The National Science Foundation's Information Technology Research awards this year doled out over $169 million to eight major projects and hundreds of smaller projects, to be carried out over the next several years; the projects focus on collaborative, multidisciplinary work and aim for high-risk, visionary goals. A privacy infrastructure program based at Stanford University seeks to unify privacy protection by placing sensitive data in a central database, which has strict rules governing the use of such data by different parties. The project will seek to protect privacy while at the same time providing access to law enforcement for legitimate purposes. The largest of a slew of homeland security proposals comes from the University of California, Irvine, where researchers intend to create a better emergency response system that provides responders on the ground and decision-makers with unified access to pertinent information. A team led by the University of Oklahoma is developing grid computing weather forecasting technologies that will be more adaptive to the specific type of weather system and other circumstantial factors than are current modeling technologies, while UCLA researcher William Kaiser was given money to pursue mobile, self-aware sensor networks that monitor an outdoor area while moving along a network of light cables. Carnegie Mellon University is leading an effort to create a next-generation broadband infrastructure providing millions of American homes with high-speed Internet access that is more secure, scalable, and reliable, and leverages future applications. The University of New Mexico is heading a collaborative effort to map the historical genetic blueprint of life on Earth using supercomputers, and the University of California is leading a separate push to better study proteins and complex molecules in living cells. Finally, Rice University will build better software tools for writing grid computing applications.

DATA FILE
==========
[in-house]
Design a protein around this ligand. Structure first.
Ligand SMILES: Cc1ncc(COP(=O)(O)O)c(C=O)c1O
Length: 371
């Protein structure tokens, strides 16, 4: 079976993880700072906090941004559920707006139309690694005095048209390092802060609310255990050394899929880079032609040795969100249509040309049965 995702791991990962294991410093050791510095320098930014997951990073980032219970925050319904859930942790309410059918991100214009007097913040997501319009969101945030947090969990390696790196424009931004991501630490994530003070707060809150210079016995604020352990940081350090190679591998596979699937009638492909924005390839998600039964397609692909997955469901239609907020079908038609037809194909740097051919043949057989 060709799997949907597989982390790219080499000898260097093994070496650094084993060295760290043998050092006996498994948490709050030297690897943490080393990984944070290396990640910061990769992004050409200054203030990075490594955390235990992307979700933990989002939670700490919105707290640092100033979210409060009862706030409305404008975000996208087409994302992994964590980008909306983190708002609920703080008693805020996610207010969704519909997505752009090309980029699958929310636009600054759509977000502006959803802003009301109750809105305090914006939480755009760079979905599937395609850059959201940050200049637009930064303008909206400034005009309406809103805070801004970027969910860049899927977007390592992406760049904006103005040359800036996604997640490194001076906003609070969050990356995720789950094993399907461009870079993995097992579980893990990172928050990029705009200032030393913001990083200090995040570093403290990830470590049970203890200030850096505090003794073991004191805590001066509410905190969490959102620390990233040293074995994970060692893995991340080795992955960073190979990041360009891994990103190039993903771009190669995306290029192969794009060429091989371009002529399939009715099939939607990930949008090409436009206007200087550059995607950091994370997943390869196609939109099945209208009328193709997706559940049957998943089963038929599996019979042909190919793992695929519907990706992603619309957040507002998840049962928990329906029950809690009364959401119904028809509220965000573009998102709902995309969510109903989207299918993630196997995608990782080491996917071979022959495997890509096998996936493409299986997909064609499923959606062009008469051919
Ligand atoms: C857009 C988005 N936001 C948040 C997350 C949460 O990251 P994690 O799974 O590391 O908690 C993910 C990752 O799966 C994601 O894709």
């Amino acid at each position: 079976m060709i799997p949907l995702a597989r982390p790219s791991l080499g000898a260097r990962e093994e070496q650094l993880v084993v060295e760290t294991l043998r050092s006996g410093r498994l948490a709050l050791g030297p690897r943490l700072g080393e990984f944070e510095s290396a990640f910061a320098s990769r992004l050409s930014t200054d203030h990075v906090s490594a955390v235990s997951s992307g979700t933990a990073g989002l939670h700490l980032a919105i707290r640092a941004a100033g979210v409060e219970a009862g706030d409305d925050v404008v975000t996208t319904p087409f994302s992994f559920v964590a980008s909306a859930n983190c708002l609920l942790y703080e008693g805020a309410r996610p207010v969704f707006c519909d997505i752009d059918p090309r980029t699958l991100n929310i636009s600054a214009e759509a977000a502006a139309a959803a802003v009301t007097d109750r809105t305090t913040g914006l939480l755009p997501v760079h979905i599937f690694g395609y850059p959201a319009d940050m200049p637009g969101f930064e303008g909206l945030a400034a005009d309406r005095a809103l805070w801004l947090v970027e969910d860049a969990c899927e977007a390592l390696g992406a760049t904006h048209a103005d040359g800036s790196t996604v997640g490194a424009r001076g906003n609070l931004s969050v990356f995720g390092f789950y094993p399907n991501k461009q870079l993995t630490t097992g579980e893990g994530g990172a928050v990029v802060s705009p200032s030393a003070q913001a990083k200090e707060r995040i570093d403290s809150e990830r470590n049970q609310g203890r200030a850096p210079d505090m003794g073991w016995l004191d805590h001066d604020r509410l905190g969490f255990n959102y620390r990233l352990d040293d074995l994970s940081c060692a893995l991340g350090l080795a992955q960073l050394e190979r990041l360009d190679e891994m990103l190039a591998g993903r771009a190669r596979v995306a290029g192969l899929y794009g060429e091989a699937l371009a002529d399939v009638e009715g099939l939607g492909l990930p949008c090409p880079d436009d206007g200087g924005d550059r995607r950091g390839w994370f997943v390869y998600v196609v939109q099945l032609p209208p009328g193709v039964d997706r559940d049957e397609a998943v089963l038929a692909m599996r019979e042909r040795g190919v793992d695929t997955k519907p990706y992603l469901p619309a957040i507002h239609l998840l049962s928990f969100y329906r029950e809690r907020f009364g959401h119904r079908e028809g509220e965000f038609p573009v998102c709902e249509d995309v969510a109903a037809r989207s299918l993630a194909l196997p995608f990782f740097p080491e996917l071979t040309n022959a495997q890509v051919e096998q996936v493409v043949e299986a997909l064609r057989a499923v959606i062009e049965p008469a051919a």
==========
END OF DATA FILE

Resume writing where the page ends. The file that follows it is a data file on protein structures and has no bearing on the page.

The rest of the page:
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  • "Self-Policing Added to Spam Bill"
    Washington Post (09/18/03) P. E1; Krim, Jonathan